Categorising controls as 'prevent' or 'detect' 2927
MikeS last edited by
Morning%0ACould I ask for soem guidance on categorising controls as prevent or detect:%0AFirstly, my understanding is that for there to be an ‘effective internal control environment over externally reported financial data’ there must be an ‘adequate’ mix of prevent and detect controls - does anyone have any further definitions on ‘adequate’ - is there best practice % split?%0AMore importantly, I’m really struggling with the definitions. On the face of it it’s simple - prevent controls stop and error and detect picks up an error after it’s occured - but for SOx purposes, what is the error? Is it errors in externally reported numbers? If so, surely all controls before the numbers are externally pulished are preventing an error and any control subsequent to the data being published would detect a mistake?%0AOr another approach would be to say that the definition of an ‘error’ is any mistake in any system within the business. This would mean nearly all controls were detect as any type of review etc is detecting errors - the only prevents I could think of in this situation are access controls and maybe system controls which only allow a certain number of digits to be input?%0AThe approach we are proposing to take is to consider each ‘process’ in isolation, identify the purpose of that process, and then class any control which picks up erros before the purpose of the process is acheived as prevent and any control after the purpose of the process has been achieved as detect. eg in a consolidation process, a check that all individual entities balance sheets balance before the consolidation is preventing errors, wheras a check that the consolidated balance sheet balances (ie after consolidation) is a detect control?%0AThoughts please…
harrywaldron last edited by
but for SOx purposes, what is the error? Is it errors in externally reported numbers? If so, surely all controls before the numbers are externally pulished are preventing an error and any control subsequent to the data being published would detect a mistake?
Hi - In terms of designing and testing controls, it might be helpful to think beyond just SEC reporting requirements in light of the questions asked about error prevention or detection. The goal of the process is strengthen controls, plus prove to the external SOX audit firm that all financial processes are well controlled.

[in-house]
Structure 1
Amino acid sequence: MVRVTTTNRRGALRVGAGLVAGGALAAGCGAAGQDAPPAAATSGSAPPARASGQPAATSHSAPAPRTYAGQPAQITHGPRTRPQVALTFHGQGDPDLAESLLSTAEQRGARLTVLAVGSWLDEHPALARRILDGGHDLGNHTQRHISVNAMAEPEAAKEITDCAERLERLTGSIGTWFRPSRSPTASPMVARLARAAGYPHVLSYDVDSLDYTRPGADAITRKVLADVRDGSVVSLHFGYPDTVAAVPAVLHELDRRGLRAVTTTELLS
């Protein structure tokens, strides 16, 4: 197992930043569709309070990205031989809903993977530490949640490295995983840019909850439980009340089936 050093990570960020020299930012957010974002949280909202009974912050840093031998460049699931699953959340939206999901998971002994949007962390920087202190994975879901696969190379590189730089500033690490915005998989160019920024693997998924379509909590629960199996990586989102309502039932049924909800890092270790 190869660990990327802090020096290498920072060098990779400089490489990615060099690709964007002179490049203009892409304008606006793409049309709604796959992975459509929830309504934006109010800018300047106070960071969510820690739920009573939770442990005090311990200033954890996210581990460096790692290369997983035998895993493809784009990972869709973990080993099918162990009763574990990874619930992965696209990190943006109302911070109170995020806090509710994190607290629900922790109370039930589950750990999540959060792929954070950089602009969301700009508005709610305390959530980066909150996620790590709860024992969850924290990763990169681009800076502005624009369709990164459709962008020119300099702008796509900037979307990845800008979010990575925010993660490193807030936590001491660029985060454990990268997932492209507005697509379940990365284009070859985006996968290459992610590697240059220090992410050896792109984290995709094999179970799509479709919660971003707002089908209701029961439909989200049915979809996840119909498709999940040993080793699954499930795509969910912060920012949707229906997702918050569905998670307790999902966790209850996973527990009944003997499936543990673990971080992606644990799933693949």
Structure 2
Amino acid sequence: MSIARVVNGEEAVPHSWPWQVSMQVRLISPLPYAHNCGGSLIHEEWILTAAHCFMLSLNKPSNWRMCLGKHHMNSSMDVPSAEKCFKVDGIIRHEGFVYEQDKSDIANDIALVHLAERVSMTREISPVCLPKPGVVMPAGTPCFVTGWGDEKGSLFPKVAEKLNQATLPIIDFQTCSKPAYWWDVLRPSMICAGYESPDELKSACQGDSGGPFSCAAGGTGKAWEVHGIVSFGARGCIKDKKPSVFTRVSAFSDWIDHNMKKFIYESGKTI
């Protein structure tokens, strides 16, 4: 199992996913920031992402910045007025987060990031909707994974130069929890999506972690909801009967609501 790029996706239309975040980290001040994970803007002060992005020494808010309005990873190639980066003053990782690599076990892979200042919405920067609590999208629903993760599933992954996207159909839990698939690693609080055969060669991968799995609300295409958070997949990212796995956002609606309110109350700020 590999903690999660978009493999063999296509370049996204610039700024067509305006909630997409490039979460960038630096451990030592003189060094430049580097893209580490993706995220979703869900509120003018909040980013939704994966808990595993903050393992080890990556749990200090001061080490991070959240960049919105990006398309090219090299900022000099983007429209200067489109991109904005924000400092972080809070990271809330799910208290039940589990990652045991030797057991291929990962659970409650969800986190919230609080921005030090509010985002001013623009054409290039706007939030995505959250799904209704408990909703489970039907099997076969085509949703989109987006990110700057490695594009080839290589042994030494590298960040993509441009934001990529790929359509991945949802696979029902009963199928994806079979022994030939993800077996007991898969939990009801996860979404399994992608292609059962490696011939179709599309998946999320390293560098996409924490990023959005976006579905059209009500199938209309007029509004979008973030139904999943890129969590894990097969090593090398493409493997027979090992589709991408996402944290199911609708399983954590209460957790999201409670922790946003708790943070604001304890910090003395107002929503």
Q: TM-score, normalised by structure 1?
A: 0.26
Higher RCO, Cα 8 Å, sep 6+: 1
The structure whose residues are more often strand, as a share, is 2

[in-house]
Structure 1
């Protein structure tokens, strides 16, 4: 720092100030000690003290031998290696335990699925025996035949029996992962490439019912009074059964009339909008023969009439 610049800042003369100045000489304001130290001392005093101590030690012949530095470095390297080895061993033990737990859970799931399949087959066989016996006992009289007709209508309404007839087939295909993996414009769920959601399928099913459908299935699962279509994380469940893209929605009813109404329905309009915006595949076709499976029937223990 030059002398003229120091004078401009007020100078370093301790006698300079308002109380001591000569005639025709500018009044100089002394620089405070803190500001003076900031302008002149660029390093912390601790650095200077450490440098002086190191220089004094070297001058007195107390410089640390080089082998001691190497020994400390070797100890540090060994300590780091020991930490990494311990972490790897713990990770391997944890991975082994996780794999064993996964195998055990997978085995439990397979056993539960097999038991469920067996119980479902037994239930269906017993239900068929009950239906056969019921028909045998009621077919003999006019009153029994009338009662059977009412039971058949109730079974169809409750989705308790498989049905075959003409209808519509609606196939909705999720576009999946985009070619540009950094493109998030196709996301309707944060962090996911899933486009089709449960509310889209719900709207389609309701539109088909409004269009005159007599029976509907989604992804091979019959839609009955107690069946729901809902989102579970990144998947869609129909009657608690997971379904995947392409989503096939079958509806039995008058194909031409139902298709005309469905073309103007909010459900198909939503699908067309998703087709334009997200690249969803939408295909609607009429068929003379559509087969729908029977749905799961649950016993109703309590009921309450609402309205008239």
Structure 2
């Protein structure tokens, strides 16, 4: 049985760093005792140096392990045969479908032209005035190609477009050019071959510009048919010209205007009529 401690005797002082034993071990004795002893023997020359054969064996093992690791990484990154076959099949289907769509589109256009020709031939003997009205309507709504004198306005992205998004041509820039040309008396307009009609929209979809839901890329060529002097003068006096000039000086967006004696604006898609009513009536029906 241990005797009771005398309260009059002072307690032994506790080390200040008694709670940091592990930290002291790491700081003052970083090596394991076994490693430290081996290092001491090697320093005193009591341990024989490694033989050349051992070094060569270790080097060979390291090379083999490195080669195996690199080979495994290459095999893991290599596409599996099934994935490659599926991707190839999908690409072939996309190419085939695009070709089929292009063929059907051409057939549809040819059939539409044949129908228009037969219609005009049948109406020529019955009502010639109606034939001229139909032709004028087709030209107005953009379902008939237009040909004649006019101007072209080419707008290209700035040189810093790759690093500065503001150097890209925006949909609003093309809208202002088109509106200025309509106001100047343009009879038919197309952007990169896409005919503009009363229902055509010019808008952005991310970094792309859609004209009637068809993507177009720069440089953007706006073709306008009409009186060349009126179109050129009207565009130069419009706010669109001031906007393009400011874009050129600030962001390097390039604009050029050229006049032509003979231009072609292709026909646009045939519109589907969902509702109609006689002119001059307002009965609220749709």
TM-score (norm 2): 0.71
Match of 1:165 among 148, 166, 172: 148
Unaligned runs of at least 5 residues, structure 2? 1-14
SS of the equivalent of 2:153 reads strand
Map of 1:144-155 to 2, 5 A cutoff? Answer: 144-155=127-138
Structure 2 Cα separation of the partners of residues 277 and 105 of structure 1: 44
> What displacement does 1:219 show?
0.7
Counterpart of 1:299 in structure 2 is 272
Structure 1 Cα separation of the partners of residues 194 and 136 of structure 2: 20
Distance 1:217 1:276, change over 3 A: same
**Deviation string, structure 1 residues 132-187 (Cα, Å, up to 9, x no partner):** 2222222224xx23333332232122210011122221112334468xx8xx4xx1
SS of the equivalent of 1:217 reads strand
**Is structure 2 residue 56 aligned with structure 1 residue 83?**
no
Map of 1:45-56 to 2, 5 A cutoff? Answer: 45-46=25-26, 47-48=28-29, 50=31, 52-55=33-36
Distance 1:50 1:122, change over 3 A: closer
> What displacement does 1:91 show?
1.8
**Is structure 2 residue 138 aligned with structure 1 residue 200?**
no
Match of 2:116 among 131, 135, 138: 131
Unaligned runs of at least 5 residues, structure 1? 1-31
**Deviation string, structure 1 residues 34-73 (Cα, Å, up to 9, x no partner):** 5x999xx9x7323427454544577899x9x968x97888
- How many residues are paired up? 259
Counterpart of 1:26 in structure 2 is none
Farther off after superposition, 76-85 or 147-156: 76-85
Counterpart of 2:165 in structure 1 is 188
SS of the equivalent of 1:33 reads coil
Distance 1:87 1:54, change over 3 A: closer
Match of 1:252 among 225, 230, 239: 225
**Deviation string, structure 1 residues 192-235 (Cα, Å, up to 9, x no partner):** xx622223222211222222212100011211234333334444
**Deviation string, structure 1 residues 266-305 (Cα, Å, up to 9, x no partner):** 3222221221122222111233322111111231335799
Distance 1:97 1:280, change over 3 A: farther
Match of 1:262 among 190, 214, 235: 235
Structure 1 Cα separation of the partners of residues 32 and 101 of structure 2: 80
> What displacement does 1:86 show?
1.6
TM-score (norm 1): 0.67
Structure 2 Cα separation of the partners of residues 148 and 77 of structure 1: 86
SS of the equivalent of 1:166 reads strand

In preventing errors , the classical audit approaches of ‘separation of duties’, ‘checks-and-balances’, ‘autonomy controls’, etc., might be used to design Financial workflows that reduce the risk of error and potential compromise of financial results. In detecting errors , this is where internal SOX testing of controls might be employed for those daily, monthly, or quarterly high-risk exposures.
In testing Financial controls, an error might be any failure in the system and not necessarily a mathematical one in reporting to SEC. Usually they are human failures in the procedural flows. For example, it autonomy levels were in place and authorization was required (but was skipped because the approving manager was out) – that would be an error in the control system.
If a finanical workflow had a rigid sequence of events and someone took a shortcut, that could be seen as a control error. Most often errors like this are minor in nature, where someone has failed to rubberstamp an approval or the shortcut was taken with good honent intent.
You might check some of the other posts in the forum related to Control testing. While there is indeed a need to look at financial accuracy of the financial figures posted, there’s also a need to audit the actual control processes themselves.
While I’m more involved on the IT side, that’s at least my understanding of error detection and prevention as it applies to SOX
harrywaldron last edited by
Below are additional links you might want to copy/paste to your browser:
Fraud - Detection and Prevention
What is COSO?
Many key testing concepts are covered here:
SOX 404 - TOP DOWN Risk Assessment:
At each step, qualitative or quantitative risk factors are used to focus the scope of the SOX404 assessment effort and determine the evidence required. Key steps include:
- identifying significant financial reporting elements (accounts or disclosures)
- identifying material financial statement risks within these accounts or disclosures
- determining which entity-level controls would address these risks with sufficient precision
- determining which transaction-level controls would address these risks in the absence of precise entity-level controls
- determining the nature, extent, and timing of evidence gathered to complete the assessment of in-scope controls